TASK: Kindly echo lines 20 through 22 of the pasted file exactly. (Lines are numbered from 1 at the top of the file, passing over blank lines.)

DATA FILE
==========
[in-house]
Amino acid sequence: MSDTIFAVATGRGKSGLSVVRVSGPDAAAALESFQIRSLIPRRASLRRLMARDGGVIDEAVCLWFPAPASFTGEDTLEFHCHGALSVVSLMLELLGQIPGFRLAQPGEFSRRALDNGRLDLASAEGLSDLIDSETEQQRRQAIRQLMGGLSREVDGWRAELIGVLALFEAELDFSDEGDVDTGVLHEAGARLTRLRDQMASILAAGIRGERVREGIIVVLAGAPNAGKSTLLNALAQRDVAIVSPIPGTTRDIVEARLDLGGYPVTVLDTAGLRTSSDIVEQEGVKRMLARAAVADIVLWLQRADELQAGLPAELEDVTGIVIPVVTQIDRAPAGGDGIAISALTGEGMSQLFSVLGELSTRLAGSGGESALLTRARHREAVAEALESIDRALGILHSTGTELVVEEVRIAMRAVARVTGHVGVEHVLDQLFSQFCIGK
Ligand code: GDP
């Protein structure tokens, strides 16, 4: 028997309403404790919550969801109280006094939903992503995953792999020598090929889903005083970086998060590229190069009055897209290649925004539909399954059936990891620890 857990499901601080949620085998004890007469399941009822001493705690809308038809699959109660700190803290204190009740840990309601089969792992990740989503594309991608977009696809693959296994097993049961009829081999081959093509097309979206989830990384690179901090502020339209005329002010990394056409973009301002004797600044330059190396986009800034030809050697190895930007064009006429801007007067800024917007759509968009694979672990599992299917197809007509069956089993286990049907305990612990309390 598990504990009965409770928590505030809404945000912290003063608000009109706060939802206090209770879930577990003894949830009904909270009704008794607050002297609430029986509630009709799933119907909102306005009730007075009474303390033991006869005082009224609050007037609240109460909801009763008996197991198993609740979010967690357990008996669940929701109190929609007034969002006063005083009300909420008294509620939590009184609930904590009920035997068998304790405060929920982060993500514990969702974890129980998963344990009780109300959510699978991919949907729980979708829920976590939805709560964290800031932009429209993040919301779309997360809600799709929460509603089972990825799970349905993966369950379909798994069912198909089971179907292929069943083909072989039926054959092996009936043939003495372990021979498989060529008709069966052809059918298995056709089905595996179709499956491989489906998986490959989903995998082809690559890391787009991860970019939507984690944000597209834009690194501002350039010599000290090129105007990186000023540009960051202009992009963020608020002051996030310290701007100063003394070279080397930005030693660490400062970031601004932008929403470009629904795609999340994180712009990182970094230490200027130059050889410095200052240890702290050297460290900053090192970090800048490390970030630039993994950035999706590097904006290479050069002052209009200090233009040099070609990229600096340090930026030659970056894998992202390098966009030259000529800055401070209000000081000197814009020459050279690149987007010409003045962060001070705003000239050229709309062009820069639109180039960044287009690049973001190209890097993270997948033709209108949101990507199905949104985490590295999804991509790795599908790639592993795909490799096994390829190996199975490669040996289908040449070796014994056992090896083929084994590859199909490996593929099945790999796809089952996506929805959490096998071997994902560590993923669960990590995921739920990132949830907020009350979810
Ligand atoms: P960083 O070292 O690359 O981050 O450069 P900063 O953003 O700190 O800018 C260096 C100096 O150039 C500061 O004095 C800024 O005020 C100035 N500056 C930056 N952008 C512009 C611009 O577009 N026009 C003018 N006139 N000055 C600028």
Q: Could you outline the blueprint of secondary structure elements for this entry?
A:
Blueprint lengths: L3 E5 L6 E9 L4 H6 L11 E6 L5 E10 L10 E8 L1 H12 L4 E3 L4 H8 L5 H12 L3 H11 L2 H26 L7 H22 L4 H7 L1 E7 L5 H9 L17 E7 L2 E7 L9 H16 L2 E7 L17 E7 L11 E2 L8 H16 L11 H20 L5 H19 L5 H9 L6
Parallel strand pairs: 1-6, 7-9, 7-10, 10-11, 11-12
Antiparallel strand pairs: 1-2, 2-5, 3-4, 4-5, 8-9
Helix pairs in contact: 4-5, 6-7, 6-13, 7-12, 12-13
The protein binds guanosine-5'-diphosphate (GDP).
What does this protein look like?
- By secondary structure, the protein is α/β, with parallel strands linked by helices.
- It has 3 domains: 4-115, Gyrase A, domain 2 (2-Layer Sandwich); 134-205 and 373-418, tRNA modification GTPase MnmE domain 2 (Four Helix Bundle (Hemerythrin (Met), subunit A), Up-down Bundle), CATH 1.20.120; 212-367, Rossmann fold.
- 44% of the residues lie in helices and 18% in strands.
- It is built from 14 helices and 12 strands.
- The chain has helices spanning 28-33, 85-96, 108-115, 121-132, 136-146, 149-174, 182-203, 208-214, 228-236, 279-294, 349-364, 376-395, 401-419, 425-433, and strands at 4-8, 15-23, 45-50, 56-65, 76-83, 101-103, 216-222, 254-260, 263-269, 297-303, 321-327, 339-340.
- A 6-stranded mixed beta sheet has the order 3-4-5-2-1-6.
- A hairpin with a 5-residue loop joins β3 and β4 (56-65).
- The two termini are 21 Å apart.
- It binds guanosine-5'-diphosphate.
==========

- A hairpin with a 5-residue loop joins β3 and β4 (56-65).
- The two termini are 21 Å apart.
- It binds guanosine-5'-diphosphate.